Location: Southwest Coulior, Middle Teton (12,804ft)
|Epic shot of Middle Teton|
Another day, another mountain! This day, it happened to be a spring ascent of Middle Teton in Teton National Park, Wyoming!
Most people who travel to the Tetons for climbing intend to bag Grand Teton. I hope to climb this one some day, but I needed more people and gear for that one. Middle Teton can be climbed without ropes but definitely NOT without an ice axe and crampons. I've learned that it is actually ILLEGAL to be traveling through such places without an ice axe. Ahhhh Wyoming!
At first, I wasn't sure if even attempting to climb Middle Teton was worth it. See, in this part of the country, winter lasts until about June. This winter has also seen a biblical amount of snow in the Tetons and Winds. For the record, Yellowstone usually received 400 inches of snow in a season. They had, to date, received 700 inches of snow (and counting). So it wasn't looking good.
|America's favorite Mountain Scene|
4:00AM the next day... the weather is good and its cold enough for climbing (12 degrees in the 'morn). I packed every single piece of cold weather gear and mountaineering gear I owned and hit the trail. I left from the Taggart Lake Trailhead. The first 4 miles to the beginning of Garnet Canyon were slow and cold. Cross country skiers have left a multitude of trails along the way and I had to resist the urge to follow them. At about sunrise, I was hitting the mouth of Garnet Canyon.
|The imposing boundaries of Garnet Canyon|
The very central part of Garnet Canyon was a safe, avalanche free route but I would not recommend venturing out of it! Just below Middle Teton, to the left (south) is the route up to the Southwest Coulior and to the right is the glacier splitting Middle and Grand Teton. The wind picks up pretty quickly beyond the cover of the trees. I used several small rock outcroppings to rest and warm up my hands.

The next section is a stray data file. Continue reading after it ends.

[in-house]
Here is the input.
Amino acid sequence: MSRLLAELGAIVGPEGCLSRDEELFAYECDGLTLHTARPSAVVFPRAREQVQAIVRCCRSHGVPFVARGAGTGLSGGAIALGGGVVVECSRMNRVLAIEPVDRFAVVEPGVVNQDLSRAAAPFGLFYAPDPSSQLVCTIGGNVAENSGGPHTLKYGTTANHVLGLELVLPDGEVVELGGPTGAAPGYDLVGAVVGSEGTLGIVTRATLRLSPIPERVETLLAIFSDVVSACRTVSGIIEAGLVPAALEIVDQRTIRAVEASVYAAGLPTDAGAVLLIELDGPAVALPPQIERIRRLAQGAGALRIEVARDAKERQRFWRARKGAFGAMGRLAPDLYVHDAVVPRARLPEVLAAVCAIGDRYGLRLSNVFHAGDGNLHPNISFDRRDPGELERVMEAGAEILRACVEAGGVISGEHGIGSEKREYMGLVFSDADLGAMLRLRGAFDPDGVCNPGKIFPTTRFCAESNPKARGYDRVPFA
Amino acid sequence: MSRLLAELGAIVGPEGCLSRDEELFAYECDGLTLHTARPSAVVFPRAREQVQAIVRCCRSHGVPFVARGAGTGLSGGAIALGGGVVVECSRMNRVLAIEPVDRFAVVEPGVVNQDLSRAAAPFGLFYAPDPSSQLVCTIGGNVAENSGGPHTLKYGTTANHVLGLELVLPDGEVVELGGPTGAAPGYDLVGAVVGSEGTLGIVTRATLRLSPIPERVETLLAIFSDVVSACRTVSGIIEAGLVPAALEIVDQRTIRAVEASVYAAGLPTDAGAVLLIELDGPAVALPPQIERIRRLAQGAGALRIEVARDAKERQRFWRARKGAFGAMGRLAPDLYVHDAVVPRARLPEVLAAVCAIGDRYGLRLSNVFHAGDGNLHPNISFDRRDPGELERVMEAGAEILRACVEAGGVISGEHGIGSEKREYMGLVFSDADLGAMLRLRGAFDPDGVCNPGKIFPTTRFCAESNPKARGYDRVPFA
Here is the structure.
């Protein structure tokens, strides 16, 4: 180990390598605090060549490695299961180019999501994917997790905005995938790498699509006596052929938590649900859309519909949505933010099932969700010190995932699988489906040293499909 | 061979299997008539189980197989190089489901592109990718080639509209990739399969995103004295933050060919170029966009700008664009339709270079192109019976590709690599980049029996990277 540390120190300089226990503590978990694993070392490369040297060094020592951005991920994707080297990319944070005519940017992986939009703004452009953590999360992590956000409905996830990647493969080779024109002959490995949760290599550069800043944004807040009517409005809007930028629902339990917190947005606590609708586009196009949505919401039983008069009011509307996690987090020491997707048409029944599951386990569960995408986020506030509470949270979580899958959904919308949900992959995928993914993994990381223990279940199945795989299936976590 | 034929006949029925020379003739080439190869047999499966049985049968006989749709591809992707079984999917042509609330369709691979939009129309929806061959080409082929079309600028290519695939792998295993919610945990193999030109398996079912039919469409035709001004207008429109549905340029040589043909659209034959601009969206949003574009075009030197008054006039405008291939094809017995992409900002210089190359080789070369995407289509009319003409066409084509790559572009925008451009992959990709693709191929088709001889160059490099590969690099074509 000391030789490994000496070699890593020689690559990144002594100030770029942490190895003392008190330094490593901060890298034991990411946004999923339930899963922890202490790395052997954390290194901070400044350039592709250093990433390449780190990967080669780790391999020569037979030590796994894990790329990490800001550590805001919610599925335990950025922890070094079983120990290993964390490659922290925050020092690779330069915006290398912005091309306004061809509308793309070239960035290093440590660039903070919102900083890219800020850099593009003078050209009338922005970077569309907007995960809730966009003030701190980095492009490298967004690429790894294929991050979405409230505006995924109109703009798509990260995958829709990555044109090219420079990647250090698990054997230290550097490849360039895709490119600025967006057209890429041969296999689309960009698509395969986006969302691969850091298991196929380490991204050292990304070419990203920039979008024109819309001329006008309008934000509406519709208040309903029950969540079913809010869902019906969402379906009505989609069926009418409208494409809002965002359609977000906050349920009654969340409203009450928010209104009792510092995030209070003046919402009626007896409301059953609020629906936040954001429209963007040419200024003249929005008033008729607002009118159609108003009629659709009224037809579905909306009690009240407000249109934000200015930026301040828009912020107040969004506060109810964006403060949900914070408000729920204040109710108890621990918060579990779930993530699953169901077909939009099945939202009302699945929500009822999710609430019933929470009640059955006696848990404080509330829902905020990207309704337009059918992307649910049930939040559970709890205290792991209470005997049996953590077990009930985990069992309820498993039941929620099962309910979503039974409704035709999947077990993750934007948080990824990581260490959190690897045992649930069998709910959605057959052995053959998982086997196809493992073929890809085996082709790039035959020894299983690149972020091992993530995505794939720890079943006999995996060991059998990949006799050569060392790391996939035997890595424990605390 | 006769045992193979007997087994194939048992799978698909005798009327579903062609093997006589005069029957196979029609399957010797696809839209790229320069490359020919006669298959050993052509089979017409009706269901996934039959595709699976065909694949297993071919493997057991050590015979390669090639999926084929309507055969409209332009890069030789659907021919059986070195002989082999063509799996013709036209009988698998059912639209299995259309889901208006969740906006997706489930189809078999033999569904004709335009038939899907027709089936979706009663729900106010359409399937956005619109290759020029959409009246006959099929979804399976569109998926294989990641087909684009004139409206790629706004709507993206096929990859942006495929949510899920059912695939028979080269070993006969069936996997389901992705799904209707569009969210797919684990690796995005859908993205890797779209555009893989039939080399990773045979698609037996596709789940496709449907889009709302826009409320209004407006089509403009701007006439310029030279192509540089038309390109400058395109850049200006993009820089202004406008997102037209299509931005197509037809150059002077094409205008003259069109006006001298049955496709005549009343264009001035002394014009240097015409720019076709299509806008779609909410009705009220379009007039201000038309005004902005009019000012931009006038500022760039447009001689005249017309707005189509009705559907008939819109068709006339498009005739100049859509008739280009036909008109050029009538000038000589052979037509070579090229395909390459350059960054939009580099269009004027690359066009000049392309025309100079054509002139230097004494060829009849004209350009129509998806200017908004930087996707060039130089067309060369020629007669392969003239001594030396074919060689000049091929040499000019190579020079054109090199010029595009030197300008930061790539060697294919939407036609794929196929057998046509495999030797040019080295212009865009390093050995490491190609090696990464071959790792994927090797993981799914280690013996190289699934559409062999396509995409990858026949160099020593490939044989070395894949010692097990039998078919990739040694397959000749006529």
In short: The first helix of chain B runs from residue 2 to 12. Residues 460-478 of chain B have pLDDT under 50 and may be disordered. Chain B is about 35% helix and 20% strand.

|Slowly getting there|
Finally, the summit was in view! The last 300ft really tested my tolerance for heights, it was steep and exposed. I made it to right below the summit and everything was corniced and icy. I decided against going to the actual high point, to avoid the cornices. It would have been suicidal anyways. Besides, I was standing at about eye-level with the high point...whatever
The descent down the coulior was about as slow as the going up. It was mostly down climbing with a death-grip on the ice axe. The temperatures up high were well below freezing and the snow was still pretty powdery in some sections. I made it back down to the base and switched from crampons to snowshoes for the climb down. Most people elect to cross country ski to the base but I only have the snowshoes.
It was obviously later in the day so the nice styrofoam snow that I had in the morning was gone. I was punching through most of the way down which was aggravating. I still followed the center of Garnet Canyon down with a weather eye for avalanche dangers. It took another couple hours to reach the entrance of Garnet and I had to redirect my route to avoid the edges. In the end, I decided to climb down to the Bradley Lake Area and then headed directly east to the road.
So I lucked out! The avalanche danger was low for the day and time of year. Plus, I had excellent weather that wasn't too hot or too cold! This was one of my more challenging climbs: 14 miles of Wyoming mountaineering and some difficult route finding for the time of year. Its early in the season for Teton climbing, but if the avalanche danger is low and you don't mind slogging through some powder, its not too bad! Sadly, this was my last western climb for the summer! I've packed my mountaineering gear up until August and I'm currently headed to the Black Hills of South Dakota!
|So long, Tetons!|